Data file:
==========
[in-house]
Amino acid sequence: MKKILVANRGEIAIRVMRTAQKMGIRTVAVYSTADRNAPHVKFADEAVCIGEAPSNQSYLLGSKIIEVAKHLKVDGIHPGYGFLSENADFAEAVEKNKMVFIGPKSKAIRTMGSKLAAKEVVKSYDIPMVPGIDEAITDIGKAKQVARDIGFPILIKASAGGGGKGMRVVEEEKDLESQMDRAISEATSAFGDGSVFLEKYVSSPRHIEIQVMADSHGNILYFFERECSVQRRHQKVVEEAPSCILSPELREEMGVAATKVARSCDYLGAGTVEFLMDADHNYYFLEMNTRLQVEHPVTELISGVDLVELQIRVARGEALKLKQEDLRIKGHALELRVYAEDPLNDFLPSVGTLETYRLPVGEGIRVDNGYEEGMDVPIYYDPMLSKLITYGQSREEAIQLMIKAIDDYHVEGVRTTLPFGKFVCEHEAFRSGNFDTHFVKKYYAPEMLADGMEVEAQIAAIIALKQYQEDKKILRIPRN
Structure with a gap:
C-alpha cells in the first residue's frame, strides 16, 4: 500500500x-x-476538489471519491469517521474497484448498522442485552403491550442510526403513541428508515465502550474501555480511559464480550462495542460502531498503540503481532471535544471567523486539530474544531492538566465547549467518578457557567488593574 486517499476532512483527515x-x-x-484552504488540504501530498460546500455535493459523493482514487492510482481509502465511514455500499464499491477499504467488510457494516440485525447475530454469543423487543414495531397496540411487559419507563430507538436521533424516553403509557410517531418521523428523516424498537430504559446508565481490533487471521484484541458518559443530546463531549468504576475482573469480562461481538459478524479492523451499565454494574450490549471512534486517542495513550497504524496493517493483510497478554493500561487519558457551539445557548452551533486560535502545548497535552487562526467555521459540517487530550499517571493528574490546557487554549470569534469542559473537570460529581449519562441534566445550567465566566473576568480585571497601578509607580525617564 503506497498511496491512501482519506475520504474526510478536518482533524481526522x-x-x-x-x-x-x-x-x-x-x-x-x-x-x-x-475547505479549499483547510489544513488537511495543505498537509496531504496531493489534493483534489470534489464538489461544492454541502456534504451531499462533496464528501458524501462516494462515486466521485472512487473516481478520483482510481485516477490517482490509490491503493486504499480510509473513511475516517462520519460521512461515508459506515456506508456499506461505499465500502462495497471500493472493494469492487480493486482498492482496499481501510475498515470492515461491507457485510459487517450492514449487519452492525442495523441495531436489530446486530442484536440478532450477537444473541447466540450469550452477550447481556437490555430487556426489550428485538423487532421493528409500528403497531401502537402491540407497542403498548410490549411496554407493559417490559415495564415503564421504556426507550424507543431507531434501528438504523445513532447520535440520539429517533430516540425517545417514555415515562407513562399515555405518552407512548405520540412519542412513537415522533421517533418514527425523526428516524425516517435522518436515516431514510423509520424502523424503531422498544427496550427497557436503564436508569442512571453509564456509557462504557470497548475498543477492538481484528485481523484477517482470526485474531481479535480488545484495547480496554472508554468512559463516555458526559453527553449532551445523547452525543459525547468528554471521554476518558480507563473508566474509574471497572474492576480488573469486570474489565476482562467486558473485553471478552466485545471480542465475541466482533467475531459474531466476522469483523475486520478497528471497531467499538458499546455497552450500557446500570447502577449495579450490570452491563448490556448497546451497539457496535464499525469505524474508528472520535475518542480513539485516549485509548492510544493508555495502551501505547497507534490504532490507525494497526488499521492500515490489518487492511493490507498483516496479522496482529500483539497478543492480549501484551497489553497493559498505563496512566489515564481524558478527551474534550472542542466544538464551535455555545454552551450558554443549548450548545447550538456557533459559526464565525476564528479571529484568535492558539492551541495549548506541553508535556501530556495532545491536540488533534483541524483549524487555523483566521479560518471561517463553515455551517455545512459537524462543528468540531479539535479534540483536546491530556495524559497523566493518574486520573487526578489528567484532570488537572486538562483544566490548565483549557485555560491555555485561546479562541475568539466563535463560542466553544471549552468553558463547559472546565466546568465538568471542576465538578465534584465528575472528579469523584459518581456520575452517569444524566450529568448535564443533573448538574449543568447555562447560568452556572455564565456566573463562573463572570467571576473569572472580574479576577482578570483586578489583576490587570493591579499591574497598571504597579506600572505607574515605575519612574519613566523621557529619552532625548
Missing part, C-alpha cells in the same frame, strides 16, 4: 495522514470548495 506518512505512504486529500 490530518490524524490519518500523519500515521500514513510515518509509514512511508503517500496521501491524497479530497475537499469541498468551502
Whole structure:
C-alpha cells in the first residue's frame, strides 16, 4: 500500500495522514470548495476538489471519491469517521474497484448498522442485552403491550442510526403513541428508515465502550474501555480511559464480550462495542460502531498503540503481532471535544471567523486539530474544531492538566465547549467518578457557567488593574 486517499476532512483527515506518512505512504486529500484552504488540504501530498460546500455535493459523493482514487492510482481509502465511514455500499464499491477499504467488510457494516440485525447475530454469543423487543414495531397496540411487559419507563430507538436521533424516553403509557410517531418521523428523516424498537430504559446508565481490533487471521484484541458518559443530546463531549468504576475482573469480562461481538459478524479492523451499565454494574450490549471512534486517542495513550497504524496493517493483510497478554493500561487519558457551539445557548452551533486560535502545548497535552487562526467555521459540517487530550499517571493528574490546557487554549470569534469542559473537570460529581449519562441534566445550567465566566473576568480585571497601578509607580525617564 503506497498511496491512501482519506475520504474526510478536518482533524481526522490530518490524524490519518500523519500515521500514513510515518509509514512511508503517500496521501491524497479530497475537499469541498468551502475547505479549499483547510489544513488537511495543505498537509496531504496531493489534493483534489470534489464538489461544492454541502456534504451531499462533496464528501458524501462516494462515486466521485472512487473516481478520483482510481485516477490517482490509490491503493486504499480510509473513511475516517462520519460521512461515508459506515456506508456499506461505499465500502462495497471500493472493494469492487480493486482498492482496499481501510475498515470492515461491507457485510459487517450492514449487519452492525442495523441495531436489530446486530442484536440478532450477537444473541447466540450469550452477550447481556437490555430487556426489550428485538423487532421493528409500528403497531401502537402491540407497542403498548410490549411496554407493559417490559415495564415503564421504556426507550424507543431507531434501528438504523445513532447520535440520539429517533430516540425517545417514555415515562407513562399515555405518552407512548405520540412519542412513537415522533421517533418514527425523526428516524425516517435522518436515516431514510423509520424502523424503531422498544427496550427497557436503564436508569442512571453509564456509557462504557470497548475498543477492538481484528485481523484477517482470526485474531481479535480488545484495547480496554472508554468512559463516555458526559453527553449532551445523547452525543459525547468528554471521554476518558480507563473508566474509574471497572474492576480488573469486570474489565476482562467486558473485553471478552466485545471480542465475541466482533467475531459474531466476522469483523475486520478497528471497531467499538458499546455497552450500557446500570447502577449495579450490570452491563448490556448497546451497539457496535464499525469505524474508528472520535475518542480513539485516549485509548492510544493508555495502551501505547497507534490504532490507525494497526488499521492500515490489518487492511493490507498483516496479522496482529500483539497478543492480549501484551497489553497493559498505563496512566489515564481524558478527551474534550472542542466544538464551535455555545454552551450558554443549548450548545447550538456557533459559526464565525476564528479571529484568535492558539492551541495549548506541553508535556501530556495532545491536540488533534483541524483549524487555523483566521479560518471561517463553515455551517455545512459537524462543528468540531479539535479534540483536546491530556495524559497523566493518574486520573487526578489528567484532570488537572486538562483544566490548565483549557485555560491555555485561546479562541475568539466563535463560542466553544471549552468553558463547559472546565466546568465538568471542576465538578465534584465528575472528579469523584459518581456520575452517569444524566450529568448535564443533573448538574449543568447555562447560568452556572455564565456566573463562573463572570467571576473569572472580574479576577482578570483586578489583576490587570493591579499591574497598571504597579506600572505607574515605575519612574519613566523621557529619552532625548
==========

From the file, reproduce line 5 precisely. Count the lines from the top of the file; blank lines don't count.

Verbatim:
Missing part, C-alpha cells in the same frame, strides 16, 4: 495522514470548495 506518512505512504486529500 490530518490524524490519518500523519500515521500514513510515518509509514512511508503517500496521501491524497479530497475537499469541498468551502